Walk the Labyrinth
Wondering which major to choose? Which path to follow? What job to pursue? When and where to go abroad? How to make sense of an experience or relationship? Come walk the labyrinth. Use this ancient symbol as an opportunity to reflect on the transitions and decisions of your life. Goucher has two labyrinths - a permanent one located between the Haebler Memorial Chapel and Mary Fisher Hall, as well as a portable canvas one. Contact Chaplain Maeba Jonas (firstname.lastname@example.org or 410-337-6048) if you have any questions.
Labyrinths are ancient human symbols known to go back at least 3,500 years. They appeared on most inhabited continents in prehistory, with examples known from North and South America, Africa, Asia, and across Europe from the Mediterranean to Scandinavia. The labyrinth symbol was incorporated into the floors of the great Gothic pilgrimage cathedrals of France in the 12th and 13th centuries.
A labyrinth is not a maze, but rather a walking meditation device with a single winding path from the edge to the center. There are no tricks, choices, or dead ends in a labyrinth. The same path is used to return to the outside. Combining a number of even older symbols, including the circle, spiral, and meander, the labyrinth represents the journey inward to our own true selves and back out into the everyday world.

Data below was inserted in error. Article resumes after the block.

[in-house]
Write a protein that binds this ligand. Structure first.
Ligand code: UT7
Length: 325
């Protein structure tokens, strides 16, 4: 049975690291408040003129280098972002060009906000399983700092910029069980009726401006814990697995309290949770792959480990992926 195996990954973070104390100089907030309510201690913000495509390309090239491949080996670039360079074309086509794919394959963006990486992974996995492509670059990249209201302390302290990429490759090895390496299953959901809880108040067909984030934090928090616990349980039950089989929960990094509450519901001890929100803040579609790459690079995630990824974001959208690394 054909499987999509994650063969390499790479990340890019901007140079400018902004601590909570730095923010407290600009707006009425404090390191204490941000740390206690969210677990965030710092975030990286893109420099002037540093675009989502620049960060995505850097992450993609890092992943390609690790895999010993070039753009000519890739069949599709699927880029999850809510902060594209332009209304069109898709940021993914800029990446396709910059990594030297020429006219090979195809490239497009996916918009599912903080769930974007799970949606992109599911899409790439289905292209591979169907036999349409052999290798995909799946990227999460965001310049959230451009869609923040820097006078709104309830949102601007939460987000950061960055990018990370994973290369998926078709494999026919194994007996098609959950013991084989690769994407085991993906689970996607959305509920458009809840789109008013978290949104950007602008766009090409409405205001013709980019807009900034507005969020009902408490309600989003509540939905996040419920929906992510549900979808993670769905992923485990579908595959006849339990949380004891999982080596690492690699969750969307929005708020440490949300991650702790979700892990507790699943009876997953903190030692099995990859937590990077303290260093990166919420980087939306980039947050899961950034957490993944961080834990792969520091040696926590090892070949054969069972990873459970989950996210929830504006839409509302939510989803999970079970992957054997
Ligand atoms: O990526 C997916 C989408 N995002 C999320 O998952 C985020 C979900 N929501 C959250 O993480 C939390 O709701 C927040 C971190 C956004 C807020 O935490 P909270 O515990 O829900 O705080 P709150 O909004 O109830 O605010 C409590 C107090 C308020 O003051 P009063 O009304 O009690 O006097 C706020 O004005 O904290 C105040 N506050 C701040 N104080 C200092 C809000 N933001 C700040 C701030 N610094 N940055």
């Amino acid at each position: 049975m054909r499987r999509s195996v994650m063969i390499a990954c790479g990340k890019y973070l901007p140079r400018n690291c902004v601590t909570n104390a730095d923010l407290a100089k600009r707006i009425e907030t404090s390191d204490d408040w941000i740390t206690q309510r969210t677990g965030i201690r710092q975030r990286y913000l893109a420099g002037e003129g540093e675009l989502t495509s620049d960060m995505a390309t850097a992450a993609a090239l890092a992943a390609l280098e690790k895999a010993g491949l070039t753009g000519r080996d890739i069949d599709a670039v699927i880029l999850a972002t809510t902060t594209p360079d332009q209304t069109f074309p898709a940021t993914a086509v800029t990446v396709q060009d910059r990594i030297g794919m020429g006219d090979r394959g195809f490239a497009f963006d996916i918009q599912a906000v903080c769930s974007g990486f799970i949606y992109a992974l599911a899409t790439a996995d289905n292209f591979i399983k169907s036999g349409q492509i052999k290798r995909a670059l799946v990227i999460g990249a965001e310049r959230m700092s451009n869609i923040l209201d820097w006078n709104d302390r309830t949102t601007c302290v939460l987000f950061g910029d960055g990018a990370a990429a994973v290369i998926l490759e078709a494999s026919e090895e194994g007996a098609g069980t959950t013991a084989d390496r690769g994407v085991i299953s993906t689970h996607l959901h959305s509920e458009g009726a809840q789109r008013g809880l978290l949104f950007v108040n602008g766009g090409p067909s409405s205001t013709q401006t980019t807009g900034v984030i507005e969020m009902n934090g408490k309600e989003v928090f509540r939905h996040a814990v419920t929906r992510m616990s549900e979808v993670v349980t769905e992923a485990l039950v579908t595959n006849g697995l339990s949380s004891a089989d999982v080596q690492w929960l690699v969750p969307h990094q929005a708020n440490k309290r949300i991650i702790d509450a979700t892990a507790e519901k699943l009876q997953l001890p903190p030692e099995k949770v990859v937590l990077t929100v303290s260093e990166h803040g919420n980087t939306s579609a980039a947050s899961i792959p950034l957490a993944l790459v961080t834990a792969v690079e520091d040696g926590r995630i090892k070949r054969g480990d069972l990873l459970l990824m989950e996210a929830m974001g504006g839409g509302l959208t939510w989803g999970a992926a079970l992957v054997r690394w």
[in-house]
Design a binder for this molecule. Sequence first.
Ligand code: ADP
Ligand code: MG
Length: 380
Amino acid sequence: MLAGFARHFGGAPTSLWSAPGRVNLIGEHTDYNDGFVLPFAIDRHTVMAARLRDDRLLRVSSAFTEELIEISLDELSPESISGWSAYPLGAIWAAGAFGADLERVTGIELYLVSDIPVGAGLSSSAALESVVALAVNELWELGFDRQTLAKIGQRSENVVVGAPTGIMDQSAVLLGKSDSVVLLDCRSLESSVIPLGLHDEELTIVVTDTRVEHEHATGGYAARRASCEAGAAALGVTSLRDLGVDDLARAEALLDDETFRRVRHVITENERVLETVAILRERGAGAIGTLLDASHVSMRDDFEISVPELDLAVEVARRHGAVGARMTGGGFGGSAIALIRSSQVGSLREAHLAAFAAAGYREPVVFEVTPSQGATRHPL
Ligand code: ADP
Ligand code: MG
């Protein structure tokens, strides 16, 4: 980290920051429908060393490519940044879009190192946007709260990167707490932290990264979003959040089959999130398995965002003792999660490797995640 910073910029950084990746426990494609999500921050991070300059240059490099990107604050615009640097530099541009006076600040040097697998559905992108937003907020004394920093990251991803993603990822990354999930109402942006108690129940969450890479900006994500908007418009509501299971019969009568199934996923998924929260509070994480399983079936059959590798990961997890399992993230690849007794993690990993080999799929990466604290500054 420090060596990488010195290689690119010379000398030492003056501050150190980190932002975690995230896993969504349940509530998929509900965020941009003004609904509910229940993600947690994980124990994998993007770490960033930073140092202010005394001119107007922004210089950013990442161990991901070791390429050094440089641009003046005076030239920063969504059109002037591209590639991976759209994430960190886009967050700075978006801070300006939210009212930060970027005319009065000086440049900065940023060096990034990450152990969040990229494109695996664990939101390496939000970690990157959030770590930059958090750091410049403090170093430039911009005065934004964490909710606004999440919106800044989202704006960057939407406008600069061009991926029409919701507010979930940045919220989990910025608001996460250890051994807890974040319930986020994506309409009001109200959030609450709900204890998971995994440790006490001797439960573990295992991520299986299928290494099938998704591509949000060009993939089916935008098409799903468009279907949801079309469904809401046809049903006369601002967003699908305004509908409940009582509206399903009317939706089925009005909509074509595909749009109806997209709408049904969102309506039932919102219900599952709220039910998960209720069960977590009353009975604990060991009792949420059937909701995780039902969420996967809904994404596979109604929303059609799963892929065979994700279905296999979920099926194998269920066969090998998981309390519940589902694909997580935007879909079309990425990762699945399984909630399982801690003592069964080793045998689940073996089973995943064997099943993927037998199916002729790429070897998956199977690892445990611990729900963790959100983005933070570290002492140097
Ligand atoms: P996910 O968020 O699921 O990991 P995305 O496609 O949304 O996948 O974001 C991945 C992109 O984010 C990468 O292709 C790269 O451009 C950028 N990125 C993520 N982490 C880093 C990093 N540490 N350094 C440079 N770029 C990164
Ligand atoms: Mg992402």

Walking a labyrinth is a right-brain activity (creative, intuitive, imaginative) and can induce or enhance a contemplative or meditative state of mind. It is a tool that can clear the mind, calm our anxieties during periods of transition and stress, guide healing, deepen self-knowledge, enhance creativity, allow for reconciliation, restore feelings of belonging to a community, and lead to personal and spiritual growth.
For many walkers, the labyrinth becomes a metaphor for the journey of life: Each of us is on a single path through his or her life, and yet each person's journey is a separate and distinct qualitative experience, full of twists and turns. In walking labyrinths, modern seekers are emulating and recapturing the pilgrimage tradition of many ancient faiths.
Finger-walking a personal labyrinth (instructions)